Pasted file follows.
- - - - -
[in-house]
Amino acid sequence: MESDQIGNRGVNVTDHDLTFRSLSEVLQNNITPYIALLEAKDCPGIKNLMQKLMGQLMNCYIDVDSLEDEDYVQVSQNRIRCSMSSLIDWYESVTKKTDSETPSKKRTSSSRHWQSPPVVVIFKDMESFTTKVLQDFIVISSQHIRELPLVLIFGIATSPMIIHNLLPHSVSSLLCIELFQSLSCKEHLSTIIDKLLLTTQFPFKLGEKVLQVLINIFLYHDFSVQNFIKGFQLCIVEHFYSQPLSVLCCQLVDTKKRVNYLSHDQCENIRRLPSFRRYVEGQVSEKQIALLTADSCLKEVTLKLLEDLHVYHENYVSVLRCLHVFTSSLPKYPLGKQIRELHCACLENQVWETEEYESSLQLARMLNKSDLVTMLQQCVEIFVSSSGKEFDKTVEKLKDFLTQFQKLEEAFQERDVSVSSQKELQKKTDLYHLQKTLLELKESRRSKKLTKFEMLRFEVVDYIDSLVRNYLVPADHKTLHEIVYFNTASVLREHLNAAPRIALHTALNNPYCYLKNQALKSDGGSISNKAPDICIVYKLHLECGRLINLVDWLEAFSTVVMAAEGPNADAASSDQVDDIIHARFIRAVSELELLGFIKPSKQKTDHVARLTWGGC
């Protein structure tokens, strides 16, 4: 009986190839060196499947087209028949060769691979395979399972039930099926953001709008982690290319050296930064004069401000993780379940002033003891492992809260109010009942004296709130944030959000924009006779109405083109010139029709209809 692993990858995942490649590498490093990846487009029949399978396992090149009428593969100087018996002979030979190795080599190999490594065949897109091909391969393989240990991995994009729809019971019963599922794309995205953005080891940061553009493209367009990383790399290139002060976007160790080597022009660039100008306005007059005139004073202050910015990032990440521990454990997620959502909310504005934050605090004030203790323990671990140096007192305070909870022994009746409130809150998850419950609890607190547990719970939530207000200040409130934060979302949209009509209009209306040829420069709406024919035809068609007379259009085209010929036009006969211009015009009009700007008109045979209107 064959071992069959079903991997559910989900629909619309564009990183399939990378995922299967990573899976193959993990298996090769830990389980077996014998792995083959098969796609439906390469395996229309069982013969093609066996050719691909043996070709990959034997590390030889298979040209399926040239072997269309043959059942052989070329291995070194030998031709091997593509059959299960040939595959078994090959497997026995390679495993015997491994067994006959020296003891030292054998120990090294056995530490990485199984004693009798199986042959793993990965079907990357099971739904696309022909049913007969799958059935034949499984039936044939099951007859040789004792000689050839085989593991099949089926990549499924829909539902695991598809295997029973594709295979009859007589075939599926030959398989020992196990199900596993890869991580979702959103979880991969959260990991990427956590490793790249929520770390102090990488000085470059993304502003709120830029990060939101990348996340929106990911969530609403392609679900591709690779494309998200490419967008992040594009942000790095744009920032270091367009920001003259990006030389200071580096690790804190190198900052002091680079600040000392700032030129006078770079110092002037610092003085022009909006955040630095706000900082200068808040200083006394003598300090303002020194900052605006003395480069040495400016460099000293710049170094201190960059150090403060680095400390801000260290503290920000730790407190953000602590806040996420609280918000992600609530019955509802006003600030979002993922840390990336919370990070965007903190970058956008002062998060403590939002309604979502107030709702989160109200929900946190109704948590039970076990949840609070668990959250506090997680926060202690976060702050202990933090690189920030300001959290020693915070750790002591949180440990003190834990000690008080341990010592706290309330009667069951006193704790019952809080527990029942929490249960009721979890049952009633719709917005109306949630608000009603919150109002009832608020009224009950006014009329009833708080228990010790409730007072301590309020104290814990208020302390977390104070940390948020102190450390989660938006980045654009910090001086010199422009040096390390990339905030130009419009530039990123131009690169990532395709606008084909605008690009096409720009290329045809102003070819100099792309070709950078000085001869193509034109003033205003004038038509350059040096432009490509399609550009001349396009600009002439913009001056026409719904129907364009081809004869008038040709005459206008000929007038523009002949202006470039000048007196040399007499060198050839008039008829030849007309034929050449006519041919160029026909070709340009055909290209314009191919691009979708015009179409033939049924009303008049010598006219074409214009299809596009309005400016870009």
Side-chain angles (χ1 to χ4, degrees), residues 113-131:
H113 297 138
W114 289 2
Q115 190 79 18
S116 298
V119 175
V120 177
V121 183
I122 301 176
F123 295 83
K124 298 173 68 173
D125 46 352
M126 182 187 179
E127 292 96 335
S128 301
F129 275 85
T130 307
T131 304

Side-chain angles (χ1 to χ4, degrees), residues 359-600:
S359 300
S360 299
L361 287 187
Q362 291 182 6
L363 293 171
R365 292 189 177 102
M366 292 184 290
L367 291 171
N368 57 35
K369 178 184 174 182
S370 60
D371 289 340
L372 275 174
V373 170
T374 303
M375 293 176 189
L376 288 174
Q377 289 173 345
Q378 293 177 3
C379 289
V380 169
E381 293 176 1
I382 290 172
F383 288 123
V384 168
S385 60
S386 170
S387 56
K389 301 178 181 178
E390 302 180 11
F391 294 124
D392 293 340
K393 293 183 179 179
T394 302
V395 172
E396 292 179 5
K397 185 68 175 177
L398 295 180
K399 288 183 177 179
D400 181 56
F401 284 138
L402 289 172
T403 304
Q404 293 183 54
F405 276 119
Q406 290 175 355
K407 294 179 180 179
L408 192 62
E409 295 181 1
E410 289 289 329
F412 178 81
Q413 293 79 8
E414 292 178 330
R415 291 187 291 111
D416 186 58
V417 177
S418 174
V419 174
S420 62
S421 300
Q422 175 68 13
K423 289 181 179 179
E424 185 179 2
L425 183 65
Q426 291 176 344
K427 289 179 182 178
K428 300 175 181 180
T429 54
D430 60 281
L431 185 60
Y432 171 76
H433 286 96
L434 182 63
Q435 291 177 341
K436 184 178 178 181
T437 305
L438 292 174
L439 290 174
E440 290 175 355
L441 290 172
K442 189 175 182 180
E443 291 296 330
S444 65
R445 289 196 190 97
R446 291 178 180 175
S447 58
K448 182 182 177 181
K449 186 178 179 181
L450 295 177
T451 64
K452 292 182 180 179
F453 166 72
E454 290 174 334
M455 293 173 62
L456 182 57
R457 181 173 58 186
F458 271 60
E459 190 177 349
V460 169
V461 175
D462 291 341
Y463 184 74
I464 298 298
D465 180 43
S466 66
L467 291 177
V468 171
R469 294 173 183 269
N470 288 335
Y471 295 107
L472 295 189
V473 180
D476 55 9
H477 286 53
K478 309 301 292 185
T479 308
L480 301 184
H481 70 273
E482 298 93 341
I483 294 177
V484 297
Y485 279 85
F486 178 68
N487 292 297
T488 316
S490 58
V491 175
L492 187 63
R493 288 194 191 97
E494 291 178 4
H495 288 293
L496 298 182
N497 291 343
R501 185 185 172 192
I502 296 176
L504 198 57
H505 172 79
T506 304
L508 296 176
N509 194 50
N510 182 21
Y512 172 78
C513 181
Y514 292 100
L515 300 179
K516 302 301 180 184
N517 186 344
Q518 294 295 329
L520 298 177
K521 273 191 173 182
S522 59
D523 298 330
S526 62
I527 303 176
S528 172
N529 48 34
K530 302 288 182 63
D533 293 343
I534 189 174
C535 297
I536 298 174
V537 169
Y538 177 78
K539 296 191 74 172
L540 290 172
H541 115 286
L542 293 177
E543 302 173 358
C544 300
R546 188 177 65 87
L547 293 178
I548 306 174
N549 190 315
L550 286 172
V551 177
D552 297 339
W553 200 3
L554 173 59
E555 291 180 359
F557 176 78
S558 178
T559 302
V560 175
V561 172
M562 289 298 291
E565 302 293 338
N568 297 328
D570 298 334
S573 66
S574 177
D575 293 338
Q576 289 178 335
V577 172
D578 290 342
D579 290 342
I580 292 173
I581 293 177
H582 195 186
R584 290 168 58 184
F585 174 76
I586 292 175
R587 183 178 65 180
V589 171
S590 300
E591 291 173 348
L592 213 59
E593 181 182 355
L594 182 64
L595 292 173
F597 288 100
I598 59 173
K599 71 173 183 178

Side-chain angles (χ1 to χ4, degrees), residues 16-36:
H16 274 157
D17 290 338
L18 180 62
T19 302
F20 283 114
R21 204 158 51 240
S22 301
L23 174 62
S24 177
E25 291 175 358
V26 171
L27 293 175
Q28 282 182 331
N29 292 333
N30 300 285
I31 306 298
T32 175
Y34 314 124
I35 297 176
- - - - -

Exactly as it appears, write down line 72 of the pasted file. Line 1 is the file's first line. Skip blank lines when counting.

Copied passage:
E410 289 289 329